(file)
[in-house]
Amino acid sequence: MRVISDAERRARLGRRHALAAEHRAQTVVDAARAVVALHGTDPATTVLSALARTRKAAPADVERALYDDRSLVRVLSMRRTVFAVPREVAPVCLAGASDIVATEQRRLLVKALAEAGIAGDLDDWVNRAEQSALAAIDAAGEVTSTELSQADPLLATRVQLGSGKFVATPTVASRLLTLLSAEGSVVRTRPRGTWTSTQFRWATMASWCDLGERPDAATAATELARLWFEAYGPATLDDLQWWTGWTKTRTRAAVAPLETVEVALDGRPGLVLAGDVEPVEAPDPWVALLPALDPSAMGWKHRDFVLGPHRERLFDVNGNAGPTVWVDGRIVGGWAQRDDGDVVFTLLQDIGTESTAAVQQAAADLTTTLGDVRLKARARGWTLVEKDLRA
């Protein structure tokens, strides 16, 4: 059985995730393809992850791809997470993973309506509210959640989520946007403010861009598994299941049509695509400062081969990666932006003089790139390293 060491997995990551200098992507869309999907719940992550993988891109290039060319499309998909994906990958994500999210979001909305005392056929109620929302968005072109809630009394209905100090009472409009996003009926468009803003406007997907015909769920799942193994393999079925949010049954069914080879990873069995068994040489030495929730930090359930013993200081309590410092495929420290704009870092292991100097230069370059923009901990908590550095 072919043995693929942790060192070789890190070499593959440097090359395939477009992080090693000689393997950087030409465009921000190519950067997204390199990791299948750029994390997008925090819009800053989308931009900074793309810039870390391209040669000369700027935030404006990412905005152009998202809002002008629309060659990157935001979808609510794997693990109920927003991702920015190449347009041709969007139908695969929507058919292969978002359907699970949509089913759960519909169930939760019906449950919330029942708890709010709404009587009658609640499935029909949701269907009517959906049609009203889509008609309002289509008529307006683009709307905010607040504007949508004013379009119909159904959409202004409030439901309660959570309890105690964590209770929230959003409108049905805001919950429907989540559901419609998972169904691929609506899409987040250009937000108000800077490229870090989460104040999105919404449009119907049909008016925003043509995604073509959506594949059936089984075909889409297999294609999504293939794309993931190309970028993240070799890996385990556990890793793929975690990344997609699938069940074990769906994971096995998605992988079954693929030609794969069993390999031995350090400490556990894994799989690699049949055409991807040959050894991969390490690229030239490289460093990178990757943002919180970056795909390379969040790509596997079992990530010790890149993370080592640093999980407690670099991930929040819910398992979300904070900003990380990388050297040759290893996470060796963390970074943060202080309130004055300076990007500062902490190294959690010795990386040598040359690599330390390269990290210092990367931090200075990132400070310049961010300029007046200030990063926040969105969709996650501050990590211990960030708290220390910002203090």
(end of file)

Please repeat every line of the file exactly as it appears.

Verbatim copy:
[in-house]
Amino acid sequence: MRVISDAERRARLGRRHALAAEHRAQTVVDAARAVVALHGTDPATTVLSALARTRKAAPADVERALYDDRSLVRVLSMRRTVFAVPREVAPVCLAGASDIVATEQRRLLVKALAEAGIAGDLDDWVNRAEQSALAAIDAAGEVTSTELSQADPLLATRVQLGSGKFVATPTVASRLLTLLSAEGSVVRTRPRGTWTSTQFRWATMASWCDLGERPDAATAATELARLWFEAYGPATLDDLQWWTGWTKTRTRAAVAPLETVEVALDGRPGLVLAGDVEPVEAPDPWVALLPALDPSAMGWKHRDFVLGPHRERLFDVNGNAGPTVWVDGRIVGGWAQRDDGDVVFTLLQDIGTESTAAVQQAAADLTTTLGDVRLKARARGWTLVEKDLRA
């Protein structure tokens, strides 16, 4: 059985995730393809992850791809997470993973309506509210959640989520946007403010861009598994299941049509695509400062081969990666932006003089790139390293 060491997995990551200098992507869309999907719940992550993988891109290039060319499309998909994906990958994500999210979001909305005392056929109620929302968005072109809630009394209905100090009472409009996003009926468009803003406007997907015909769920799942193994393999079925949010049954069914080879990873069995068994040489030495929730930090359930013993200081309590410092495929420290704009870092292991100097230069370059923009901990908590550095 072919043995693929942790060192070789890190070499593959440097090359395939477009992080090693000689393997950087030409465009921000190519950067997204390199990791299948750029994390997008925090819009800053989308931009900074793309810039870390391209040669000369700027935030404006990412905005152009998202809002002008629309060659990157935001979808609510794997693990109920927003991702920015190449347009041709969007139908695969929507058919292969978002359907699970949509089913759960519909169930939760019906449950919330029942708890709010709404009587009658609640499935029909949701269907009517959906049609009203889509008609309002289509008529307006683009709307905010607040504007949508004013379009119909159904959409202004409030439901309660959570309890105690964590209770929230959003409108049905805001919950429907989540559901419609998972169904691929609506899409987040250009937000108000800077490229870090989460104040999105919404449009119907049909008016925003043509995604073509959506594949059936089984075909889409297999294609999504293939794309993931190309970028993240070799890996385990556990890793793929975690990344997609699938069940074990769906994971096995998605992988079954693929030609794969069993390999031995350090400490556990894994799989690699049949055409991807040959050894991969390490690229030239490289460093990178990757943002919180970056795909390379969040790509596997079992990530010790890149993370080592640093999980407690670099991930929040819910398992979300904070900003990380990388050297040759290893996470060796963390970074943060202080309130004055300076990007500062902490190294959690010795990386040598040359690599330390390269990290210092990367931090200075990132400070310049961010300029007046200030990063926040969105969709996650501050990590211990960030708290220390910002203090």